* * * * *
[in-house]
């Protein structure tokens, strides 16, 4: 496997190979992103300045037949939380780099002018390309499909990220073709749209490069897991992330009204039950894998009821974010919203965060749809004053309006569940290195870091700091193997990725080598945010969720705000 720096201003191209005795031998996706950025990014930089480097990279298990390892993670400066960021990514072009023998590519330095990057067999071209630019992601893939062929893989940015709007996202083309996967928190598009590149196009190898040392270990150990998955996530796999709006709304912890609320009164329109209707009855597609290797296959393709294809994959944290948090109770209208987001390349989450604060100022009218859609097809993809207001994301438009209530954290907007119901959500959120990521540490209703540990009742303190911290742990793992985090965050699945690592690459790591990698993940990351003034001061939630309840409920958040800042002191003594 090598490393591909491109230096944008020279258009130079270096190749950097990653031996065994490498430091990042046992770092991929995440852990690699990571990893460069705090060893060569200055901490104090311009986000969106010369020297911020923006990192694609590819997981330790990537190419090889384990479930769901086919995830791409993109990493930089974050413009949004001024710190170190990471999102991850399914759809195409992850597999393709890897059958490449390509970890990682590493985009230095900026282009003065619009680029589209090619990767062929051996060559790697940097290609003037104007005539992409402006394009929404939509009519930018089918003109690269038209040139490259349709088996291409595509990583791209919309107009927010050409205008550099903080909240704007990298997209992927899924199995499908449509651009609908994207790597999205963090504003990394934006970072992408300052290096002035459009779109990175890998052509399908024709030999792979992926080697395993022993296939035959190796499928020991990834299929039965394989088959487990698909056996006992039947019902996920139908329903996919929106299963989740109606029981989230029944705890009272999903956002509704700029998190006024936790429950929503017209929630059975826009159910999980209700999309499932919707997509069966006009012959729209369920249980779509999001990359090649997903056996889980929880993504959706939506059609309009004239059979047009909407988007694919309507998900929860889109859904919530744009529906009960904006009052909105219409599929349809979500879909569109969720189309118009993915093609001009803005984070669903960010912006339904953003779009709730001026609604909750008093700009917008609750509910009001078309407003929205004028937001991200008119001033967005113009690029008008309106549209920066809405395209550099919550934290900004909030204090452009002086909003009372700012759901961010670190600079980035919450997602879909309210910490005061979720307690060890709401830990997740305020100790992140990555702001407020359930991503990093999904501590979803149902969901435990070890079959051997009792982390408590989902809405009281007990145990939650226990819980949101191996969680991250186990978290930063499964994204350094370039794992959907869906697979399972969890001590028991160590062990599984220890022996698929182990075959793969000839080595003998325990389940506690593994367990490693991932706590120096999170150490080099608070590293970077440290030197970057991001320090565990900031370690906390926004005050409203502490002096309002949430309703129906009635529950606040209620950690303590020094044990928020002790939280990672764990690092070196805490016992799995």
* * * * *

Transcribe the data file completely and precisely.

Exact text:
[in-house]
């Protein structure tokens, strides 16, 4: 496997190979992103300045037949939380780099002018390309499909990220073709749209490069897991992330009204039950894998009821974010919203965060749809004053309006569940290195870091700091193997990725080598945010969720705000 720096201003191209005795031998996706950025990014930089480097990279298990390892993670400066960021990514072009023998590519330095990057067999071209630019992601893939062929893989940015709007996202083309996967928190598009590149196009190898040392270990150990998955996530796999709006709304912890609320009164329109209707009855597609290797296959393709294809994959944290948090109770209208987001390349989450604060100022009218859609097809993809207001994301438009209530954290907007119901959500959120990521540490209703540990009742303190911290742990793992985090965050699945690592690459790591990698993940990351003034001061939630309840409920958040800042002191003594 090598490393591909491109230096944008020279258009130079270096190749950097990653031996065994490498430091990042046992770092991929995440852990690699990571990893460069705090060893060569200055901490104090311009986000969106010369020297911020923006990192694609590819997981330790990537190419090889384990479930769901086919995830791409993109990493930089974050413009949004001024710190170190990471999102991850399914759809195409992850597999393709890897059958490449390509970890990682590493985009230095900026282009003065619009680029589209090619990767062929051996060559790697940097290609003037104007005539992409402006394009929404939509009519930018089918003109690269038209040139490259349709088996291409595509990583791209919309107009927010050409205008550099903080909240704007990298997209992927899924199995499908449509651009609908994207790597999205963090504003990394934006970072992408300052290096002035459009779109990175890998052509399908024709030999792979992926080697395993022993296939035959190796499928020991990834299929039965394989088959487990698909056996006992039947019902996920139908329903996919929106299963989740109606029981989230029944705890009272999903956002509704700029998190006024936790429950929503017209929630059975826009159910999980209700999309499932919707997509069966006009012959729209369920249980779509999001990359090649997903056996889980929880993504959706939506059609309009004239059979047009909407988007694919309507998900929860889109859904919530744009529906009960904006009052909105219409599929349809979500879909569109969720189309118009993915093609001009803005984070669903960010912006339904953003779009709730001026609604909750008093700009917008609750509910009001078309407003929205004028937001991200008119001033967005113009690029008008309106549209920066809405395209550099919550934290900004909030204090452009002086909003009372700012759901961010670190600079980035919450997602879909309210910490005061979720307690060890709401830990997740305020100790992140990555702001407020359930991503990093999904501590979803149902969901435990070890079959051997009792982390408590989902809405009281007990145990939650226990819980949101191996969680991250186990978290930063499964994204350094370039794992959907869906697979399972969890001590028991160590062990599984220890022996698929182990075959793969000839080595003998325990389940506690593994367990490693991932706590120096999170150490080099608070590293970077440290030197970057991001320090565990900031370690906390926004005050409203502490002096309002949430309703129906009635529950606040209620950690303590020094044990928020002790939280990672764990690092070196805490016992799995």